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Call-A-Head Portable Toilets, Inc.; Call-A-Head Corp.; Charles W. Howard; Kenneth Howard; Charles P. Howard; and The City of New York, Department of Citywide Administrative Services - Ruling, June 9, 2015

Ruling, June 9, 2015

STATE OF NEW YORK: DEPARTMENT OF ENVIRONMENTAL CONSERVATION

In the Matter of the Alleged Violation of Articles 17
and 25 of the New York State Environmental Conservation
Law and Part 661 of Title 6 of the Official Compilation of
Codes, Rules and Regulations of the State of New York

- by -

CALL-A-HEAD PORTABLE TOILETS, INC.;
CALL-A-HEAD CORP.;
CHARLES W. HOWARD, individually and as corporate
officer of Call-A-Head Portable Toilets, Inc. and
Call-A-Head Corp.;
KENNETH HOWARD, individually
and as corporate officer of Call-A-Head Portable
Toilets, Inc. and Call-A-Head Corp.;
CHARLES P.
HOWARD, individually and as corporate officer
of Call-A-Head Portable Toilets, Inc. and
Call-A-Head Corp.; and
THE CITY OF NEW YORK,
DEPARTMENT OF CITYWIDE ADMINISTRATIVE
SERVICES;

Respondents.

RULING

DEC FILE NOS.
R2-20030505-128
R2-20030505-129

PROCEEDINGS

This ruling addresses a motion to dismiss (motion) filed with the Office of Hearings and Mediation Services by the City of New York, Department of Citywide Administrative Services (DCAS) on November 12, 2014. Staff of the Department of Environmental Conservation (Department) filed an undated reply (staff reply) in opposition to the motion.

By amended complaint (complaint), dated May 8, 2012, Department staff alleges that respondents violated numerous provisions of the laws and regulations pertaining to tidal wetlands and the State Pollution Discharge Elimination System (SPDES). The vast majority of the nineteen causes of action set forth in the complaint arise from the operation of a portable toilet business by respondents other than DCAS. The eighteenth cause of action, however, alleges that all respondents, inclusive of DCAS, are liable for violating a Department-issued permit (complaint ¶ 104). Accordingly, DCAS is charged under only one of the nineteen causes of action.

By its motion, DCAS asserts two bases for dismissal: (1) that the complaint fails to state a cause of action against DCAS, and (2) that the action is time-barred pursuant to the New York Civil Practice Law and Rules (CPLR). As discussed below, I conclude that the complaint fails to state a cause of action against DCAS. Accordingly, the motion to dismiss is granted on the first basis asserted by DCAS and I do not reach the issue of whether the action is time-barred.

DISCUSSION

On a motion to dismiss for failure to state a cause of action, the facts alleged in the complaint are accepted as true and the complaint is given liberal construction. The analysis turns on whether the facts alleged in the complaint state a cognizable claim ( see Leon v Martinez, 84 NY2d 83, 87-88 [1994]; Endless Ocean, LLC v Twomey, Latham, Shea, Kelley, Dubin & Quartararo, 113 AD3d 587, 588-589 [2d Dept 2014]).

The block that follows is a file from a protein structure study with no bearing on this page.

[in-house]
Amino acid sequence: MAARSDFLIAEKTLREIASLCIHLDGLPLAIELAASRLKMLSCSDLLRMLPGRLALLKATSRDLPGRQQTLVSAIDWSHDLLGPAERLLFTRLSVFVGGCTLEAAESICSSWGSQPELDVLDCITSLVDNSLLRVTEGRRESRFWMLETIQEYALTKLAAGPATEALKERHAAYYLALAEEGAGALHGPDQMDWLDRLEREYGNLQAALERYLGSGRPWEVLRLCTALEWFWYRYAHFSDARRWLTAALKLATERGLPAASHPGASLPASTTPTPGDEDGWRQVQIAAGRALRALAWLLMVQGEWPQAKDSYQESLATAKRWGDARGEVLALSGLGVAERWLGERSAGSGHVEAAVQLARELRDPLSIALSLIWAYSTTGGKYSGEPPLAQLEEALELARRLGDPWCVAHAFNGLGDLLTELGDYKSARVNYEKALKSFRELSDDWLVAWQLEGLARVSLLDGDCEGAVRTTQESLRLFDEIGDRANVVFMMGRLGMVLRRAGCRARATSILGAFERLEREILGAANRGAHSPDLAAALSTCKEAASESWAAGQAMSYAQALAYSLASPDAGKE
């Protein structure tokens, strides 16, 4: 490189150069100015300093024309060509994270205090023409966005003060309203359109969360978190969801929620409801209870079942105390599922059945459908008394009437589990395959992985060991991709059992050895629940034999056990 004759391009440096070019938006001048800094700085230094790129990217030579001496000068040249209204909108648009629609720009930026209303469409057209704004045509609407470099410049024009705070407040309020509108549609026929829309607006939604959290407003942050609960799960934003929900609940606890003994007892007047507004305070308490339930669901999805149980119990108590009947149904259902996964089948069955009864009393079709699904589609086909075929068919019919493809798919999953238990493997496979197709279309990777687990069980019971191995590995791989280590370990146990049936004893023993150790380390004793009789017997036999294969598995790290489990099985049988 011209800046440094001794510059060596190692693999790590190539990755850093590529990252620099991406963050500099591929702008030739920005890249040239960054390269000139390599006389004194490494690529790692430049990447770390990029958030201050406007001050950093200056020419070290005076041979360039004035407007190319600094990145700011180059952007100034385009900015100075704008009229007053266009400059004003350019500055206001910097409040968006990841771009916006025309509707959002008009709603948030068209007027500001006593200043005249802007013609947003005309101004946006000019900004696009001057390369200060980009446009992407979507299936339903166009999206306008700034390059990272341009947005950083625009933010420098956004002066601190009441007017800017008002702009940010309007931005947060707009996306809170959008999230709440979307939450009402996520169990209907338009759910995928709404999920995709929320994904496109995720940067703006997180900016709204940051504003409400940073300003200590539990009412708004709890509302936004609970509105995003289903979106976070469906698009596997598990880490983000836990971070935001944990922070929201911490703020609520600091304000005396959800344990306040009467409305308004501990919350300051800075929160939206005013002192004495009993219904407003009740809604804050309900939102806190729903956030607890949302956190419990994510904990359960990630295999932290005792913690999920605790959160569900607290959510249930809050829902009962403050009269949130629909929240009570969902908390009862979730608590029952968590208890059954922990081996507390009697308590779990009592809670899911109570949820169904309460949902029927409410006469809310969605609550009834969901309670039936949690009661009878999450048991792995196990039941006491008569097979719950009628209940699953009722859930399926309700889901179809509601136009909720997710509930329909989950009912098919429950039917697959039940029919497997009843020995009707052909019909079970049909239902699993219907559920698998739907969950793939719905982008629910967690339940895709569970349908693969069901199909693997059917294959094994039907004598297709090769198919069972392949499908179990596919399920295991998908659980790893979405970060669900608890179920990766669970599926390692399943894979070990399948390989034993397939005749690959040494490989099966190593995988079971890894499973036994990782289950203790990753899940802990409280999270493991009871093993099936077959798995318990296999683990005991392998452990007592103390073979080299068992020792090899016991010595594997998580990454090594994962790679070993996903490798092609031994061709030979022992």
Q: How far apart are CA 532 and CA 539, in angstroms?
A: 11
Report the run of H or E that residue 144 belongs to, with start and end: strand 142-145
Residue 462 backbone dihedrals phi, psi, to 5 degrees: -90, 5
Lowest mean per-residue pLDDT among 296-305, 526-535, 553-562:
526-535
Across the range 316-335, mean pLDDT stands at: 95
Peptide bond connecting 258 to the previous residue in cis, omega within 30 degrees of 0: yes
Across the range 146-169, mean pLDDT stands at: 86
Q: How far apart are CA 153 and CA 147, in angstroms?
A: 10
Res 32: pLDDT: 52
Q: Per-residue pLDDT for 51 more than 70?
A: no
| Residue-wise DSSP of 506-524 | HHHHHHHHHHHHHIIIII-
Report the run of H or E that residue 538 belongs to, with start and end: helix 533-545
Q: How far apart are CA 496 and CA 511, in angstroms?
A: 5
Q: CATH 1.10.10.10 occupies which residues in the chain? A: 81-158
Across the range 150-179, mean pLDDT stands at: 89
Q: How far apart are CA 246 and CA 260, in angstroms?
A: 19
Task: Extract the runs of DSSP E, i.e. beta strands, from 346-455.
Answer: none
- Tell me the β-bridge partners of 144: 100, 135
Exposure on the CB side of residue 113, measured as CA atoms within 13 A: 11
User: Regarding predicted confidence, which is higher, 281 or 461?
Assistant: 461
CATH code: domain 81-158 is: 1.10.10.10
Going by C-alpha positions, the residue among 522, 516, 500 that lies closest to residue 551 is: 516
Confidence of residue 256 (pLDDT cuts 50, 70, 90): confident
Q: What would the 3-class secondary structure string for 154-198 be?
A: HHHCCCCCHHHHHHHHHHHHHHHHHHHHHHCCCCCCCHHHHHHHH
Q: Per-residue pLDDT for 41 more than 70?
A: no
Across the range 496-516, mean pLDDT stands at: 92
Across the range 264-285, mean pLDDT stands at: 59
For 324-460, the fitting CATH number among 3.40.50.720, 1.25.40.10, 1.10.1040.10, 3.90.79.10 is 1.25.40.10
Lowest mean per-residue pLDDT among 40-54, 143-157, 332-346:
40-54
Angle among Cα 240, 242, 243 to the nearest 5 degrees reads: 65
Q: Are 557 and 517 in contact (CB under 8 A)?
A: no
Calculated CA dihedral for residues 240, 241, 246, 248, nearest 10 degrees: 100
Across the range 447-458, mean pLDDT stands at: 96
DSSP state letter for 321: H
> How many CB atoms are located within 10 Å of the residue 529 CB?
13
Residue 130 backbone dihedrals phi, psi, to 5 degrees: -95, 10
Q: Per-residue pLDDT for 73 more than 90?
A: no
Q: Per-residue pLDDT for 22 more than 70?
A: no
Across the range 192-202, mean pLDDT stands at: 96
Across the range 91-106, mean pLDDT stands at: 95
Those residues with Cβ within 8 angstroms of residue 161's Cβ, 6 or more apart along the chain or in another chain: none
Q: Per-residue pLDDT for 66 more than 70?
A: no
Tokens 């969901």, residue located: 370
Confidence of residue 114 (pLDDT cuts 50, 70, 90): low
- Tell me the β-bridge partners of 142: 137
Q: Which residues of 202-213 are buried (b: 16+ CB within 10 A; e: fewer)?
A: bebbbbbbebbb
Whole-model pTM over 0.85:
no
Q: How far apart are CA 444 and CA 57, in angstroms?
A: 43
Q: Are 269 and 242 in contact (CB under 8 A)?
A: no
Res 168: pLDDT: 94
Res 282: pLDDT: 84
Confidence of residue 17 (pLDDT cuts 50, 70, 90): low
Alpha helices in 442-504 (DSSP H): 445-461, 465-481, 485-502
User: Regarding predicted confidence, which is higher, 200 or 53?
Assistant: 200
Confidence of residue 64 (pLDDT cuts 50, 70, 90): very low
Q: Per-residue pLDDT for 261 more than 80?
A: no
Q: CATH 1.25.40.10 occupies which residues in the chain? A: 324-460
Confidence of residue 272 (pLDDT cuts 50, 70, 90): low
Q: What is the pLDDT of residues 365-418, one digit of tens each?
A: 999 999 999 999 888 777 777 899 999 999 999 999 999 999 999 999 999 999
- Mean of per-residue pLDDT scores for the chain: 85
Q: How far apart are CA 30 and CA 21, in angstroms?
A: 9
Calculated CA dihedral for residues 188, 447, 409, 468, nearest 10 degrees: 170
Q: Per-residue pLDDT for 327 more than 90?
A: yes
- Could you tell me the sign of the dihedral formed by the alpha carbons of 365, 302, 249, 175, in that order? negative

Here, Department staff alleges a single cause of action against DCAS. Specifically, the complaint states that "[b]y altering, or allowing the alteration of, Site 2 through the placement of fill, addition of a fence and the continued storage of dozens of portable toilets [DCAS has] violated special condition 10 of Permit No. 2-6308-00357/[0]0001 [permit]" (complaint ¶ 104). Staff identifies "Site 2" as Queens County Tax Block 15375, Lot 20 and describes it as a small (30' x 100') "vacant parcel of land" ( id . ¶¶ 27-28). The complaint alleges that DCAS "conveyed title to Site 2 to respondent [Charles W.] Howard" in 2001 and that, sometime after that conveyance, "[r]espondents[1] altered the site by placing fill, adding a fence and storing dozens of portable toilets on Site 2" ( id . ¶¶ 67-70).

As alleged in the complaint, special condition 10 of the permit required DCAS to "take all appropriate measures to ensure that for [Site 2 and certain other properties that are not the subject of this allegation] site alterations and/or development were prohibited" (complaint ¶ 64; see also motion, exhibit 1 [permit at 5]).

DCAS argues that it "fully complied with special condition 10 of the permit" by including a restrictive covenant in the deed under which it conveyed Site 2 to respondent Charles W. Howard in December, 2001 (motion at 2-3). DCAS further argues that it cannot be held liable "for alleged violations that occurred entirely after DCAS relinquished ownership and control of the property" and that were "committed by a third party" (motion at 3). Lastly, DCAS argues that it cannot be compelled to enforce the restrictive covenant because the enforcement of a covenant is a "discretionary decision" ( id .).

In response, Department staff argues that DCAS is obligated under the permit to prohibit alteration or development of Site 2 and, as demonstrated by the allegations against the other respondents, the restrictive covenant did not satisfy that obligation (staff reply at 5-6). Staff also argues that, because DCAS elected to fulfill its obligations under special condition 10 by including a restrictive covenant in the deed, DCAS no longer has discretion with regard to whether it should pursue enforcement of the covenant ( id . at 6-7). Lastly, staff argues that DCAS' "failure to live up to its obligations was not cured by the expiration of the permit" in 2009 ( id . at 7).

Special condition 10 is vague and does not specify what constitutes taking "appropriate measures" to prohibit site alterations or development.[2]Arguably, taking no action may be "appropriate" if, for example, alteration and development of the site were already prohibited by law or regulation. DCAS, however, sought to comply with special condition 10 by including a restrictive covenant in the deed for the site. Among other things, the covenant provides that there is to be "[n]o alteration on any vacant tract of land . . . which includes land contour work, topographic modifications, removal of top soil, vegetation, excavating, filling, dumping, changes in existing drainage systems," and "[n]o construction of a new building or other structure on the lot being sold" (motion, exhibit 2 [deed at 5]). The restrictive covenant is clearly intended to satisfy the requirements of special condition 10.